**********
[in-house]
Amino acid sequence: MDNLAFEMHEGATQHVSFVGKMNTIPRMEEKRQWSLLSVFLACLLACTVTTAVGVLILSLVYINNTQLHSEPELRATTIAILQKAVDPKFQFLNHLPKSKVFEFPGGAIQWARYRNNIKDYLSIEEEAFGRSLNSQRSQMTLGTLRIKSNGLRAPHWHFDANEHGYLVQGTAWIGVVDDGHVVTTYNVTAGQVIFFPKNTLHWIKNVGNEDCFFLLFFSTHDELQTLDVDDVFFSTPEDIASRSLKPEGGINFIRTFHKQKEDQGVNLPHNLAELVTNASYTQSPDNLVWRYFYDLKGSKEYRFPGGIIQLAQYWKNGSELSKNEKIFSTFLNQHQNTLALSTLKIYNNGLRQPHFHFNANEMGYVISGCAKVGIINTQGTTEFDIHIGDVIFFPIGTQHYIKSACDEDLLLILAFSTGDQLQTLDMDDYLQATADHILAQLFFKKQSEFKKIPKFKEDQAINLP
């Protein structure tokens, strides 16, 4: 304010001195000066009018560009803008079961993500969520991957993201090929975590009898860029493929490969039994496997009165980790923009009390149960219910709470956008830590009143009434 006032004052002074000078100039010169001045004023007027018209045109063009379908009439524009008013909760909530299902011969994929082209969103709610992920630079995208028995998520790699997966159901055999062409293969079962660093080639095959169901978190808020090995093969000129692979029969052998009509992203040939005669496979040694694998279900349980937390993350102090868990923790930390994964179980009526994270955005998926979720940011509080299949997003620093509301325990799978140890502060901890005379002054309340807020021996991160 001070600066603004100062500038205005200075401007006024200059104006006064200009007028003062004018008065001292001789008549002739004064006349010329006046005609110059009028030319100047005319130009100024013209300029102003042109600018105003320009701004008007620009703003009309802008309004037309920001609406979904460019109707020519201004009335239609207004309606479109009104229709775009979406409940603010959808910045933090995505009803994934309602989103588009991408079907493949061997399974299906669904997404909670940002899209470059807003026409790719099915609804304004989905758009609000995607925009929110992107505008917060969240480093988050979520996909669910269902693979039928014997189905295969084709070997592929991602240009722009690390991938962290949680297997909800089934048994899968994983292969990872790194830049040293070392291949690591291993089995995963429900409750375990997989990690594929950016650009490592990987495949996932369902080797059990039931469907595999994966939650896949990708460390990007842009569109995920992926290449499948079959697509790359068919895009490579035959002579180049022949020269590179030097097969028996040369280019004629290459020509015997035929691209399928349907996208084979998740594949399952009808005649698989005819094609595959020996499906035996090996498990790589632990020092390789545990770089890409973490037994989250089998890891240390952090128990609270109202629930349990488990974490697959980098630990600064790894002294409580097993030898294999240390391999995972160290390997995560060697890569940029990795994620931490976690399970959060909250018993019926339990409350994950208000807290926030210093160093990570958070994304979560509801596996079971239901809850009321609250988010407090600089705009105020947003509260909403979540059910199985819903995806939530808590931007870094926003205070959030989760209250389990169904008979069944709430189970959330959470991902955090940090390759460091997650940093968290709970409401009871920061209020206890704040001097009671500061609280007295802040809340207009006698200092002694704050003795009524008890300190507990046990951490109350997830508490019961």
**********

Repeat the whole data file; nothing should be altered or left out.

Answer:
[in-house]
Amino acid sequence: MDNLAFEMHEGATQHVSFVGKMNTIPRMEEKRQWSLLSVFLACLLACTVTTAVGVLILSLVYINNTQLHSEPELRATTIAILQKAVDPKFQFLNHLPKSKVFEFPGGAIQWARYRNNIKDYLSIEEEAFGRSLNSQRSQMTLGTLRIKSNGLRAPHWHFDANEHGYLVQGTAWIGVVDDGHVVTTYNVTAGQVIFFPKNTLHWIKNVGNEDCFFLLFFSTHDELQTLDVDDVFFSTPEDIASRSLKPEGGINFIRTFHKQKEDQGVNLPHNLAELVTNASYTQSPDNLVWRYFYDLKGSKEYRFPGGIIQLAQYWKNGSELSKNEKIFSTFLNQHQNTLALSTLKIYNNGLRQPHFHFNANEMGYVISGCAKVGIINTQGTTEFDIHIGDVIFFPIGTQHYIKSACDEDLLLILAFSTGDQLQTLDMDDYLQATADHILAQLFFKKQSEFKKIPKFKEDQAINLP
């Protein structure tokens, strides 16, 4: 304010001195000066009018560009803008079961993500969520991957993201090929975590009898860029493929490969039994496997009165980790923009009390149960219910709470956008830590009143009434 006032004052002074000078100039010169001045004023007027018209045109063009379908009439524009008013909760909530299902011969994929082209969103709610992920630079995208028995998520790699997966159901055999062409293969079962660093080639095959169901978190808020090995093969000129692979029969052998009509992203040939005669496979040694694998279900349980937390993350102090868990923790930390994964179980009526994270955005998926979720940011509080299949997003620093509301325990799978140890502060901890005379002054309340807020021996991160 001070600066603004100062500038205005200075401007006024200059104006006064200009007028003062004018008065001292001789008549002739004064006349010329006046005609110059009028030319100047005319130009100024013209300029102003042109600018105003320009701004008007620009703003009309802008309004037309920001609406979904460019109707020519201004009335239609207004309606479109009104229709775009979406409940603010959808910045933090995505009803994934309602989103588009991408079907493949061997399974299906669904997404909670940002899209470059807003026409790719099915609804304004989905758009609000995607925009929110992107505008917060969240480093988050979520996909669910269902693979039928014997189905295969084709070997592929991602240009722009690390991938962290949680297997909800089934048994899968994983292969990872790194830049040293070392291949690591291993089995995963429900409750375990997989990690594929950016650009490592990987495949996932369902080797059990039931469907595999994966939650896949990708460390990007842009569109995920992926290449499948079959697509790359068919895009490579035959002579180049022949020269590179030097097969028996040369280019004629290459020509015997035929691209399928349907996208084979998740594949399952009808005649698989005819094609595959020996499906035996090996498990790589632990020092390789545990770089890409973490037994989250089998890891240390952090128990609270109202629930349990488990974490697959980098630990600064790894002294409580097993030898294999240390391999995972160290390997995560060697890569940029990795994620931490976690399970959060909250018993019926339990409350994950208000807290926030210093160093990570958070994304979560509801596996079971239901809850009321609250988010407090600089705009105020947003509260909403979540059910199985819903995806939530808590931007870094926003205070959030989760209250389990169904008979069944709430189970959330959470991902955090940090390759460091997650940093968290709970409401009871920061209020206890704040001097009671500061609280007295802040809340207009006698200092002694704050003795009524008890300190507990046990951490109350997830508490019961």